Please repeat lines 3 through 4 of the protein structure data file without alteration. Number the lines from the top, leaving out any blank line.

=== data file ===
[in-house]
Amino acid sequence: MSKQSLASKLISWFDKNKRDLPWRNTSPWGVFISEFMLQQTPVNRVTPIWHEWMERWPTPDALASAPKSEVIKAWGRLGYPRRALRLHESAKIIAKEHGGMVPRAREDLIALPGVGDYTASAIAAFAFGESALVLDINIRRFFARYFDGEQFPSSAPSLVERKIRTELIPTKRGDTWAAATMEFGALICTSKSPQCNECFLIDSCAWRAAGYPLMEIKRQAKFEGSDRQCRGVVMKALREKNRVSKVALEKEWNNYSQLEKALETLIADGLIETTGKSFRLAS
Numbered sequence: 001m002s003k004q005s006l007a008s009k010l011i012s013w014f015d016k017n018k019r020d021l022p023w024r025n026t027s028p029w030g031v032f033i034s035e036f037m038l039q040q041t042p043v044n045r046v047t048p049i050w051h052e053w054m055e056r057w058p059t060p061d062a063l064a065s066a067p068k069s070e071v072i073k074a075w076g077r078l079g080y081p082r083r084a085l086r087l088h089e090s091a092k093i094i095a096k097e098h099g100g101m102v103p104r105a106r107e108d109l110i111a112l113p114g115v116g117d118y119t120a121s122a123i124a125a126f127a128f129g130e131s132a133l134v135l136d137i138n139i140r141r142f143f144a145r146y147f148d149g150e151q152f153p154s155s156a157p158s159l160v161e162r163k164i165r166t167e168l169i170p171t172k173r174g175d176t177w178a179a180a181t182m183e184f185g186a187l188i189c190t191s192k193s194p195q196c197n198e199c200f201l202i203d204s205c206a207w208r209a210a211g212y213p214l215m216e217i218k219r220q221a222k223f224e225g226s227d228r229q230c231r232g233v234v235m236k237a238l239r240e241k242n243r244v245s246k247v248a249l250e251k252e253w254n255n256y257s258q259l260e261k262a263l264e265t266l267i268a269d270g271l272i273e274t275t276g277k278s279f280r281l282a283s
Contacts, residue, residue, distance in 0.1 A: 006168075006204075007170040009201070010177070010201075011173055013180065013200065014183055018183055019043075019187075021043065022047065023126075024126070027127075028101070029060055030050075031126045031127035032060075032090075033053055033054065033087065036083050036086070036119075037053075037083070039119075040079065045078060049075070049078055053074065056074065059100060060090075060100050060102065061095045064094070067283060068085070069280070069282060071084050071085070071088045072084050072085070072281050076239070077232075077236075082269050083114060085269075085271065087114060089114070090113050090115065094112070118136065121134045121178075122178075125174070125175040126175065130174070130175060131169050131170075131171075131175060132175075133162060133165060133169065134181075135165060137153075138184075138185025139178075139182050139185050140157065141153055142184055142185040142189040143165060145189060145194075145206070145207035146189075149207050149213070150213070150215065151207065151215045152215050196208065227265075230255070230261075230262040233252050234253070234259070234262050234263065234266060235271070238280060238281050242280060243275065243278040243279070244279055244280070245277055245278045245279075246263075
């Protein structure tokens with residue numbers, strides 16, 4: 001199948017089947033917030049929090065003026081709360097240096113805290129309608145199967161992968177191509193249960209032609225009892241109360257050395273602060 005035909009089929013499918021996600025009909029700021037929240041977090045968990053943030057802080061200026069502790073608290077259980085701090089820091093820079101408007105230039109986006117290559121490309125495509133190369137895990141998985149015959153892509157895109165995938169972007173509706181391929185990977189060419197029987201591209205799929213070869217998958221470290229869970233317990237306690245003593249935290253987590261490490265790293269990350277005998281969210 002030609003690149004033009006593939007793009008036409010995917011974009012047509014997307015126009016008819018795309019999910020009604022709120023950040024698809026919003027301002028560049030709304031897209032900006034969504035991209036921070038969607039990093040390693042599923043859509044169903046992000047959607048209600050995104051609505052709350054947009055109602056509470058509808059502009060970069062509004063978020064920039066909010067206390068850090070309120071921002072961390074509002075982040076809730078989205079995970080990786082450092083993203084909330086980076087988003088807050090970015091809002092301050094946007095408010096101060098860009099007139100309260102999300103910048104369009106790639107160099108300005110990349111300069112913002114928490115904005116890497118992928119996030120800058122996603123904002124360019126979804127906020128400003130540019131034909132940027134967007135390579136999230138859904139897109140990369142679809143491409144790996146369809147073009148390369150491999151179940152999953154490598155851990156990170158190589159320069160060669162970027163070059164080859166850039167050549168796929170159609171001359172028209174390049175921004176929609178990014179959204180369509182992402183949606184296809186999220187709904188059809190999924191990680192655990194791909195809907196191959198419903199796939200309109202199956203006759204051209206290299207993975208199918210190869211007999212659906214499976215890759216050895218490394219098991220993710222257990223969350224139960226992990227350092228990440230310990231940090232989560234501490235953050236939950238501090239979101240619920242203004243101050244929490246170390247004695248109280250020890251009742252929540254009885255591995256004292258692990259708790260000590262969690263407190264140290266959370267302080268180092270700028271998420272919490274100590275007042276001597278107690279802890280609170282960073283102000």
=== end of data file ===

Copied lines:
Numbered sequence: 001m002s003k004q005s006l007a008s009k010l011i012s013w014f015d016k017n018k019r020d021l022p023w024r025n026t027s028p029w030g031v032f033i034s035e036f037m038l039q040q041t042p043v044n045r046v047t048p049i050w051h052e053w054m055e056r057w058p059t060p061d062a063l064a065s066a067p068k069s070e071v072i073k074a075w076g077r078l079g080y081p082r083r084a085l086r087l088h089e090s091a092k093i094i095a096k097e098h099g100g101m102v103p104r105a106r107e108d109l110i111a112l113p114g115v116g117d118y119t120a121s122a123i124a125a126f127a128f129g130e131s132a133l134v135l136d137i138n139i140r141r142f143f144a145r146y147f148d149g150e151q152f153p154s155s156a157p158s159l160v161e162r163k164i165r166t167e168l169i170p171t172k173r174g175d176t177w178a179a180a181t182m183e184f185g186a187l188i189c190t191s192k193s194p195q196c197n198e199c200f201l202i203d204s205c206a207w208r209a210a211g212y213p214l215m216e217i218k219r220q221a222k223f224e225g226s227d228r229q230c231r232g233v234v235m236k237a238l239r240e241k242n243r244v245s246k247v248a249l250e251k252e253w254n255n256y257s258q259l260e261k262a263l264e265t266l267i268a269d270g271l272i273e274t275t276g277k278s279f280r281l282a283s
Contacts, residue, residue, distance in 0.1 A: 006168075006204075007170040009201070010177070010201075011173055013180065013200065014183055018183055019043075019187075021043065022047065023126075024126070027127075028101070029060055030050075031126045031127035032060075032090075033053055033054065033087065036083050036086070036119075037053075037083070039119075040079065045078060049075070049078055053074065056074065059100060060090075060100050060102065061095045064094070067283060068085070069280070069282060071084050071085070071088045072084050072085070072281050076239070077232075077236075082269050083114060085269075085271065087114060089114070090113050090115065094112070118136065121134045121178075122178075125174070125175040126175065130174070130175060131169050131170075131171075131175060132175075133162060133165060133169065134181075135165060137153075138184075138185025139178075139182050139185050140157065141153055142184055142185040142189040143165060145189060145194075145206070145207035146189075149207050149213070150213070150215065151207065151215045152215050196208065227265075230255070230261075230262040233252050234253070234259070234262050234263065234266060235271070238280060238281050242280060243275065243278040243279070244279055244280070245277055245278045245279075246263075